Feb. 3 (Bloomberg) -- U.K. natural gas for summer declined for a sixth day to an 18-month low on expectations that warmer weather will reduce demand for injections of the heating fuel into storage.
The contract slid as much as 1.4 percent to 58.9 pence a therm, the lowest since July 26, 2012, and traded at 59.4 pence at 4:53 p.m. in London, data from ICE Futures Europe showed.
Five of seven meteorologists expect most parts of Europe to be milder than normal this month, with warmer-than-average weather for a third month, according to a Bloomberg survey. Gas is typically injected in storage during the summer months, from April through October, when heating demand is low, and withdrawn in the winter period when demand increases. Storage levels across Europe were depleted last winter after a cold spike in February and March coincided with lower imports of liquefied natural gas and cuts in Norwegian pipeline supplies.
“Weakness at the prompt is just about another wet but ultimately mild week, meaning takes on storage are not going to be that high,” Trevor Sikorski, head of natural gas, coal and carbon at consultant Energy Aspects Ltd. in London, said by e-mail. “The call on gas to be injected into storage will be less than last year. The less summer demand for gas to be injected into storage, the greater the pressure on gas to encourage demand from other sectors (power).”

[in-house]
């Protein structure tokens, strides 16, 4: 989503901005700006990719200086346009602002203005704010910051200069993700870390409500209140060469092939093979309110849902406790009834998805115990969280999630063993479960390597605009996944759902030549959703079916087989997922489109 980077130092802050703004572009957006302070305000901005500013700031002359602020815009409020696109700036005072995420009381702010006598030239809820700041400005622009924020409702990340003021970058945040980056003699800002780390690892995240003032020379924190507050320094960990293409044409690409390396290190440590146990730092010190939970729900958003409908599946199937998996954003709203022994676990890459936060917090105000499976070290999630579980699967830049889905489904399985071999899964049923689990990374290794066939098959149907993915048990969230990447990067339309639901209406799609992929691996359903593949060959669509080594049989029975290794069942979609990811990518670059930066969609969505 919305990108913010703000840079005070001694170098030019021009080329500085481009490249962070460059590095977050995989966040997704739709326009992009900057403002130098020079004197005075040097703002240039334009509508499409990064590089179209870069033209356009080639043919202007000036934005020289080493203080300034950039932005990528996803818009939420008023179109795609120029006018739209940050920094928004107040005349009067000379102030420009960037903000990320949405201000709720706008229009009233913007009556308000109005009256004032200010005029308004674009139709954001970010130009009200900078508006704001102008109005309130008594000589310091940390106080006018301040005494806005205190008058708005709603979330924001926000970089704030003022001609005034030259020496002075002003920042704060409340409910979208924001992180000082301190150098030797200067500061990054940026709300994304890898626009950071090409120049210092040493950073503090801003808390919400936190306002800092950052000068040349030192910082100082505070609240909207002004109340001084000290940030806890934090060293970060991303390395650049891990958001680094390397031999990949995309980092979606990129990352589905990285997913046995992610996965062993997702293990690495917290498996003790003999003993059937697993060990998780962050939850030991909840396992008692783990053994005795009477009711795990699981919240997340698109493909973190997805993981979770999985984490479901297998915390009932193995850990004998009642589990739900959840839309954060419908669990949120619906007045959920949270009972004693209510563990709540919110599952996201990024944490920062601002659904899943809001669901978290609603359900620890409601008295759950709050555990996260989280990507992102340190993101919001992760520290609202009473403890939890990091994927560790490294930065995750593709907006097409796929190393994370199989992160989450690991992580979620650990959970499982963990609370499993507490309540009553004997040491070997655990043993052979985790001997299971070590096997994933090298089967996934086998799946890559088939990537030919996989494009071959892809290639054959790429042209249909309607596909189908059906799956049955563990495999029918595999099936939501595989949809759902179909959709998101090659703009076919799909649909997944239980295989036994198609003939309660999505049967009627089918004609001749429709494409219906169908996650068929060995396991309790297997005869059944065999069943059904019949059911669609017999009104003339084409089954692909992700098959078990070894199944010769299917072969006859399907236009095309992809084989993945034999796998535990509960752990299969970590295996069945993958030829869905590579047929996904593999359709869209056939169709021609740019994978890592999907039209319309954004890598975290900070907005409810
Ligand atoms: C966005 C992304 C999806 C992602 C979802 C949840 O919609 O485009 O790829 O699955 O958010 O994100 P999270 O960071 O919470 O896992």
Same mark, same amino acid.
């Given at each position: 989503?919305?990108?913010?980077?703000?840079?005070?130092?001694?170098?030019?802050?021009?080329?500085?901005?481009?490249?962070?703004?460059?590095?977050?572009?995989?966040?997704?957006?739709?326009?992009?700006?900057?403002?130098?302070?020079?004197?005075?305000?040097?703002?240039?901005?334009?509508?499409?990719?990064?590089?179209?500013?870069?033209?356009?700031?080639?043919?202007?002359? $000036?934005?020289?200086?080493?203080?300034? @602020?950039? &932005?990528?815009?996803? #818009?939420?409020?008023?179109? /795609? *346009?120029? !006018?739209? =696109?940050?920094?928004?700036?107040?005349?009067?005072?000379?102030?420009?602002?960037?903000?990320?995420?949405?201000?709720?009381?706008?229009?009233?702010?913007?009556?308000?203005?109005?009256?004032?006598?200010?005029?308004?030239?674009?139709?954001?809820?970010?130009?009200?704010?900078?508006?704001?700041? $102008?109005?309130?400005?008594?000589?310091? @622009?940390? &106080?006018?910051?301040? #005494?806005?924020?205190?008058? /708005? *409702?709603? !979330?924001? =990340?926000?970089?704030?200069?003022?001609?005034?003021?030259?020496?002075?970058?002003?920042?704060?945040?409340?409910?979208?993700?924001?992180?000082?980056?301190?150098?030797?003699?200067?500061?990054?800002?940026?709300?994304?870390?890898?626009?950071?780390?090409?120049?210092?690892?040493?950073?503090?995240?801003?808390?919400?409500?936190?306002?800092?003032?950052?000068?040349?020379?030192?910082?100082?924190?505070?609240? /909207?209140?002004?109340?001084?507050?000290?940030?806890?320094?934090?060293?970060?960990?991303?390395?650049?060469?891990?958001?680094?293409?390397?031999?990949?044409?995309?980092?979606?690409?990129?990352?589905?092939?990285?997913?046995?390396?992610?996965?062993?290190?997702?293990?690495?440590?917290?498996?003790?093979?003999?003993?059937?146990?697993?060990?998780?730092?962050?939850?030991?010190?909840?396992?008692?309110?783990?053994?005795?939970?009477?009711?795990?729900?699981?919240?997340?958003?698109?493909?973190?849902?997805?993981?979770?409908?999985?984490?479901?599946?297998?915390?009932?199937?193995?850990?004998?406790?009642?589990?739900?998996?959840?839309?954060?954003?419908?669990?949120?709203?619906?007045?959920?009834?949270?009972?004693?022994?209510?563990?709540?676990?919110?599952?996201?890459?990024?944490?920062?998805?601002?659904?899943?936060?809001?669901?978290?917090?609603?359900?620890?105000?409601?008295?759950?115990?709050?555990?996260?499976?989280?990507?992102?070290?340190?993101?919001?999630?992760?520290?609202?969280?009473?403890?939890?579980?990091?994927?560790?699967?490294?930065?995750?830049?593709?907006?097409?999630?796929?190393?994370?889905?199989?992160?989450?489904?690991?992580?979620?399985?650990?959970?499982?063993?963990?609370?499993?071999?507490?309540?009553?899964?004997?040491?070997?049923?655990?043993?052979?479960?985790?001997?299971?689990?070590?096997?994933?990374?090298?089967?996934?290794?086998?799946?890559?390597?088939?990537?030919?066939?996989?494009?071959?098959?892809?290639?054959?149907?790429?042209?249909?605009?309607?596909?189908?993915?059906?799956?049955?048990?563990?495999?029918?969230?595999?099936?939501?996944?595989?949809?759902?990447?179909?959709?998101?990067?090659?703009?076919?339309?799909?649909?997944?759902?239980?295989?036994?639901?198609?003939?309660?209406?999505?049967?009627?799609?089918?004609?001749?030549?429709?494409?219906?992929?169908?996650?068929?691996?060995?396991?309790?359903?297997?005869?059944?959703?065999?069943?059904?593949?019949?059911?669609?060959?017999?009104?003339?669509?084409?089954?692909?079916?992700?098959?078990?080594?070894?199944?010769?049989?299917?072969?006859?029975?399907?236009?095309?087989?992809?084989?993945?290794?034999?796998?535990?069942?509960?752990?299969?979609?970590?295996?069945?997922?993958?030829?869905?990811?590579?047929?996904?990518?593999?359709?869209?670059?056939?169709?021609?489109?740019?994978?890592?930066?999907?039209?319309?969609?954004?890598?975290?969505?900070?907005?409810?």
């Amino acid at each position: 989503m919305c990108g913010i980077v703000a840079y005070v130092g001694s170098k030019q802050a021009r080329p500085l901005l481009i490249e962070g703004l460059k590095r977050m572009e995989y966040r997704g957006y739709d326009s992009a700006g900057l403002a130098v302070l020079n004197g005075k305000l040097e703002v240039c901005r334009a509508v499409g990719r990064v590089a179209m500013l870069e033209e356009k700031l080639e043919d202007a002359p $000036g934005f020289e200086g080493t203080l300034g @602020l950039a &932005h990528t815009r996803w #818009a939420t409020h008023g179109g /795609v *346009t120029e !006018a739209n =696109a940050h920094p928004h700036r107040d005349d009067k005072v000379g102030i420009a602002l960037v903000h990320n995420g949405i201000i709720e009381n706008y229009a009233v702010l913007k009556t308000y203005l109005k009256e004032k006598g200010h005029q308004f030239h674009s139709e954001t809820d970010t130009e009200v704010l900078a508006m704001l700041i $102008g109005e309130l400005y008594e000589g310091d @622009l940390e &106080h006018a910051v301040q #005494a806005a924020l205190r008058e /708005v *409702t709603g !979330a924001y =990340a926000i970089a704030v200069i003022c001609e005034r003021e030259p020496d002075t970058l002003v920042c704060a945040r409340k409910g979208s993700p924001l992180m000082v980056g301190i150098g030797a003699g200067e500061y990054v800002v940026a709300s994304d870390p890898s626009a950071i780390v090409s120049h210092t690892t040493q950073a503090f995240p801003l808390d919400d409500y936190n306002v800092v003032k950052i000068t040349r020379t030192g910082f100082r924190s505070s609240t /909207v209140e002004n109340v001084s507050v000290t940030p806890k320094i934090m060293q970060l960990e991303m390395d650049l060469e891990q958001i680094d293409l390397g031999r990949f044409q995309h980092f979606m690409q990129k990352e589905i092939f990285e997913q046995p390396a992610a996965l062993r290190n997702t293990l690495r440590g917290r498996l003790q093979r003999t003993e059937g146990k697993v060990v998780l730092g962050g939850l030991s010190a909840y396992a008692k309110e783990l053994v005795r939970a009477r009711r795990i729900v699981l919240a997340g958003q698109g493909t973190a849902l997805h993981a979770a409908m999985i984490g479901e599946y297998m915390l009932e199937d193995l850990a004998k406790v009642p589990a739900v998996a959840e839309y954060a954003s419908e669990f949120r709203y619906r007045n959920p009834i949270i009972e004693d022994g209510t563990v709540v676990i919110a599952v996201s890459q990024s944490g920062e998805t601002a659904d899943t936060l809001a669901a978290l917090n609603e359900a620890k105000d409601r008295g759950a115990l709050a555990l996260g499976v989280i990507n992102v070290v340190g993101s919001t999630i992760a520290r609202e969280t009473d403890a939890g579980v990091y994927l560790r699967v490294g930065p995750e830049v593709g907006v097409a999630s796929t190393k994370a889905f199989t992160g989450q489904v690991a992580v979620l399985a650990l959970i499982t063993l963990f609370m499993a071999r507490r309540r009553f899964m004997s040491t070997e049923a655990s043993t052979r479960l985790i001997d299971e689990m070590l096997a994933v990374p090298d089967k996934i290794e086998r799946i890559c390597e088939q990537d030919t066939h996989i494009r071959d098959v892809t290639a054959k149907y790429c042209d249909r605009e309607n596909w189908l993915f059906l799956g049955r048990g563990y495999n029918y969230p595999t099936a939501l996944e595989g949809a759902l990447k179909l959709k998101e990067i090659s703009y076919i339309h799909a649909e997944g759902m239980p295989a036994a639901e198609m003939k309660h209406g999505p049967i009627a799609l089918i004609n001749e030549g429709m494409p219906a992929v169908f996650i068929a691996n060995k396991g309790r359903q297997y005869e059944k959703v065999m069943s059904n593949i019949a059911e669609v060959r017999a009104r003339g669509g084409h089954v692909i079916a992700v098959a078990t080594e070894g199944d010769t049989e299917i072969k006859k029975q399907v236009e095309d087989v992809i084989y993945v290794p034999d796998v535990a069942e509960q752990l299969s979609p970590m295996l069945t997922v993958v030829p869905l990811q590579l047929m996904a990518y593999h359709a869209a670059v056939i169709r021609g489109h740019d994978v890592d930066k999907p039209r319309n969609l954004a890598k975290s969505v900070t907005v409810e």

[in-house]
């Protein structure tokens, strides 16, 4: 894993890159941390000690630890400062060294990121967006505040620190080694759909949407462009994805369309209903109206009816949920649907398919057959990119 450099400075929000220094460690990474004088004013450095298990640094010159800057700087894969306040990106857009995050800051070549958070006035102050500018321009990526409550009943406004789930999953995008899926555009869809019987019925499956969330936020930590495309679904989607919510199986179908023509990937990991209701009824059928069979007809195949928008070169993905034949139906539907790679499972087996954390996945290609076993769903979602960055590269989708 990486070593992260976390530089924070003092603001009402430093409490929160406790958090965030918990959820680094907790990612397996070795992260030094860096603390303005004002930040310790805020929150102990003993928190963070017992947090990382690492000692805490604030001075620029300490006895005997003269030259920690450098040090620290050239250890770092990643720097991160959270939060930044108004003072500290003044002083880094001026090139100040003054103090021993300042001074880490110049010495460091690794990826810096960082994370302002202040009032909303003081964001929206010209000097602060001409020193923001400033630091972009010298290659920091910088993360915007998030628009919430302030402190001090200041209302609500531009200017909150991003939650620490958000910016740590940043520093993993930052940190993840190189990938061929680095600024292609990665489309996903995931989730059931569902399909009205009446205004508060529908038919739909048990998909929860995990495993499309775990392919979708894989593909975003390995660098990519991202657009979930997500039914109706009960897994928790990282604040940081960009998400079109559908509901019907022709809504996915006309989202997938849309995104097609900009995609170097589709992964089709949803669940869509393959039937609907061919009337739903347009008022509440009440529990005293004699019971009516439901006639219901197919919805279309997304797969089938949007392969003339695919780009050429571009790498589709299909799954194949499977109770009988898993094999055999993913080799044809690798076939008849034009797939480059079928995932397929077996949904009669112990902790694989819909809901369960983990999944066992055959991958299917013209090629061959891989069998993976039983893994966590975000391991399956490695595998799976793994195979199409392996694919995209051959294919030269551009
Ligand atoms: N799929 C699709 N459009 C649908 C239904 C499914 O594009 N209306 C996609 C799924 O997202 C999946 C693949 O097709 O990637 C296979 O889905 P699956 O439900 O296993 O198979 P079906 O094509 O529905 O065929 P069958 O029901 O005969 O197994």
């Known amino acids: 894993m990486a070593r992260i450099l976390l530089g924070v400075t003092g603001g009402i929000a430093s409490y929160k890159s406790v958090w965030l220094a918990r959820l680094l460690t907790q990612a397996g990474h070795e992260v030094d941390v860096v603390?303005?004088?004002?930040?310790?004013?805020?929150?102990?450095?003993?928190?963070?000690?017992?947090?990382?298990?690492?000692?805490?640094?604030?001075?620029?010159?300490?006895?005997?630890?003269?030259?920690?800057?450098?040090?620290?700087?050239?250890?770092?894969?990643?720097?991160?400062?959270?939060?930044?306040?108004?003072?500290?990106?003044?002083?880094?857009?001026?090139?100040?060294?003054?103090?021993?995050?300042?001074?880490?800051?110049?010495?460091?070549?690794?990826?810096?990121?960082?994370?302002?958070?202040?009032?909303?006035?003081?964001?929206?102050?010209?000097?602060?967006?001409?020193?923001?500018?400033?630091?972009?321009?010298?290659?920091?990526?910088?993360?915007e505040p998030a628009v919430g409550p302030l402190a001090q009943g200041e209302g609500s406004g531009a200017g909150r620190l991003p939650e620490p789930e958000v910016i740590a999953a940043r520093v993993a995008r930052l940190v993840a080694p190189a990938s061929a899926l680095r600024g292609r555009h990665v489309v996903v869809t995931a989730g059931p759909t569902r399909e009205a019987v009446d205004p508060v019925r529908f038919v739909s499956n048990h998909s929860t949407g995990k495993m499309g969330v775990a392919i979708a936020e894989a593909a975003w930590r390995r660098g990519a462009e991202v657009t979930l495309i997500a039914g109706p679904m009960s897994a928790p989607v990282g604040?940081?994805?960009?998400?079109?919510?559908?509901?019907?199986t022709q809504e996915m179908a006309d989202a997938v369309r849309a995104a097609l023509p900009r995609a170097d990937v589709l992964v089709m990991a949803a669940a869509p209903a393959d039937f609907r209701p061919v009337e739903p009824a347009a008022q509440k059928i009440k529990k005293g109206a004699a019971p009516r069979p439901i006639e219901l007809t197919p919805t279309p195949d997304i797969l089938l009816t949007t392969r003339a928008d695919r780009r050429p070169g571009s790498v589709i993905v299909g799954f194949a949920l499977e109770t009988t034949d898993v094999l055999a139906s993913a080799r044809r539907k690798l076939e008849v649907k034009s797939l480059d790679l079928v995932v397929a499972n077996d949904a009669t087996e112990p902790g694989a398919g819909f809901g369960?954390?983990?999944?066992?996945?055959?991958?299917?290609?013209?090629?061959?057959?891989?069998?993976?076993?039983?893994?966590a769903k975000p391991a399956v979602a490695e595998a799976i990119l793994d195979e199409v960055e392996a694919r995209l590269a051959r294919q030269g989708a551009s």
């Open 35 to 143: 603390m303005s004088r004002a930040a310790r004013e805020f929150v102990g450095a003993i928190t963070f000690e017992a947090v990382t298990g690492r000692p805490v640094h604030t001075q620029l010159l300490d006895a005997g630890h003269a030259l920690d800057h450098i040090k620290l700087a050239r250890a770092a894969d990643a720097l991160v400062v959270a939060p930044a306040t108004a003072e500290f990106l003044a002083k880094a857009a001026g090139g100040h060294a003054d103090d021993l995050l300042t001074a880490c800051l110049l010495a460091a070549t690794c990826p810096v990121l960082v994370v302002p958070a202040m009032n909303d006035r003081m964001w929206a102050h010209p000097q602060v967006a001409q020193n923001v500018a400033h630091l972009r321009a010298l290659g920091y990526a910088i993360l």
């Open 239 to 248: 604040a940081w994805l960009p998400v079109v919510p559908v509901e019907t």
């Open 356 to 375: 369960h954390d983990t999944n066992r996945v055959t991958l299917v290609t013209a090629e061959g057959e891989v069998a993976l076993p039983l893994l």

The average temperature in the U.K. tomorrow is forecast at 4.9 degrees Celsius (41 degrees Fahrenheit), compared with the seasonal norm of 4.7 degrees, according to WSI data on Bloomberg using the ECMWF model. The low temperature in London on Feb. 6 will be 4 degrees Celsius, compared with the 10-year average of 3 degrees, according to CustomWeather data on Bloomberg.
U.K. storage is about 70.3 percent full, compared with about 55 percent a year earlier, according to data from Gas Infrastructure Europe.
Gas for within-day delivery declined 1 percent to a three-month low of 60.7 pence a therm, according to broker data compiled by Bloomberg. The front-month contract declined 0.4 percent to 60.85 pence a therm, the lowest since September 2012, on ICE.
“At the month-ahead stage, it means that starting March, typically the last full withdrawal months, storage inventories are going to be very healthy and the supply side will be very comfortable, even if you get a couple weeks of cold weather,” Sikorski said. “The longer it is mild for, the less important weather risks become for that contract, as the storage levels suggest that you could take out very high weekly levels and there will still be inventories available.”
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